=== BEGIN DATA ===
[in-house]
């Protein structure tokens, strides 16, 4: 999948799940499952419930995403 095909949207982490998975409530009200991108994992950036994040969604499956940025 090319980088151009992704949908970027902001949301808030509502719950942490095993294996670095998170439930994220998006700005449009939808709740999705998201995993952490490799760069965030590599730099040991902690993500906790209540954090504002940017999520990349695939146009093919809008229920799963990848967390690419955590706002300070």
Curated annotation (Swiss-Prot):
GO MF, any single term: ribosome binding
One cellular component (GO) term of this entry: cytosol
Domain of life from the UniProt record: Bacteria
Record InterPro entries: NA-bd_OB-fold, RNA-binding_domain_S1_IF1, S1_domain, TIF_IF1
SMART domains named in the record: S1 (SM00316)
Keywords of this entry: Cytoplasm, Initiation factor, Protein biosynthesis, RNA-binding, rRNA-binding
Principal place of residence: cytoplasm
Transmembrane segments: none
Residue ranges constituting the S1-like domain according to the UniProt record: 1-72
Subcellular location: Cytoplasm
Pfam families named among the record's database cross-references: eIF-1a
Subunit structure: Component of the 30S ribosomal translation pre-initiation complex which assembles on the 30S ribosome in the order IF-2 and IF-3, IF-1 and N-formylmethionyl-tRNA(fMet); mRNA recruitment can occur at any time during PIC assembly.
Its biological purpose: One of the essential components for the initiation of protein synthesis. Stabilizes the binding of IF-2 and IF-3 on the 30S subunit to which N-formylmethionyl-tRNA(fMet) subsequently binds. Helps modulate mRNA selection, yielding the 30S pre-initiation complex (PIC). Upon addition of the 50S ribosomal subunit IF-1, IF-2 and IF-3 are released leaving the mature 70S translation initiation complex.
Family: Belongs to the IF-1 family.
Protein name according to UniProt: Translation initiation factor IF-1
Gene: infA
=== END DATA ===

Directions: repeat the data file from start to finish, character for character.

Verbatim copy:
[in-house]
């Protein structure tokens, strides 16, 4: 999948799940499952419930995403 095909949207982490998975409530009200991108994992950036994040969604499956940025 090319980088151009992704949908970027902001949301808030509502719950942490095993294996670095998170439930994220998006700005449009939808709740999705998201995993952490490799760069965030590599730099040991902690993500906790209540954090504002940017999520990349695939146009093919809008229920799963990848967390690419955590706002300070």
Curated annotation (Swiss-Prot):
GO MF, any single term: ribosome binding
One cellular component (GO) term of this entry: cytosol
Domain of life from the UniProt record: Bacteria
Record InterPro entries: NA-bd_OB-fold, RNA-binding_domain_S1_IF1, S1_domain, TIF_IF1
SMART domains named in the record: S1 (SM00316)
Keywords of this entry: Cytoplasm, Initiation factor, Protein biosynthesis, RNA-binding, rRNA-binding
Principal place of residence: cytoplasm
Transmembrane segments: none
Residue ranges constituting the S1-like domain according to the UniProt record: 1-72
Subcellular location: Cytoplasm
Pfam families named among the record's database cross-references: eIF-1a
Subunit structure: Component of the 30S ribosomal translation pre-initiation complex which assembles on the 30S ribosome in the order IF-2 and IF-3, IF-1 and N-formylmethionyl-tRNA(fMet); mRNA recruitment can occur at any time during PIC assembly.
Its biological purpose: One of the essential components for the initiation of protein synthesis. Stabilizes the binding of IF-2 and IF-3 on the 30S subunit to which N-formylmethionyl-tRNA(fMet) subsequently binds. Helps modulate mRNA selection, yielding the 30S pre-initiation complex (PIC). Upon addition of the 50S ribosomal subunit IF-1, IF-2 and IF-3 are released leaving the mature 70S translation initiation complex.
Family: Belongs to the IF-1 family.
Protein name according to UniProt: Translation initiation factor IF-1
Gene: infA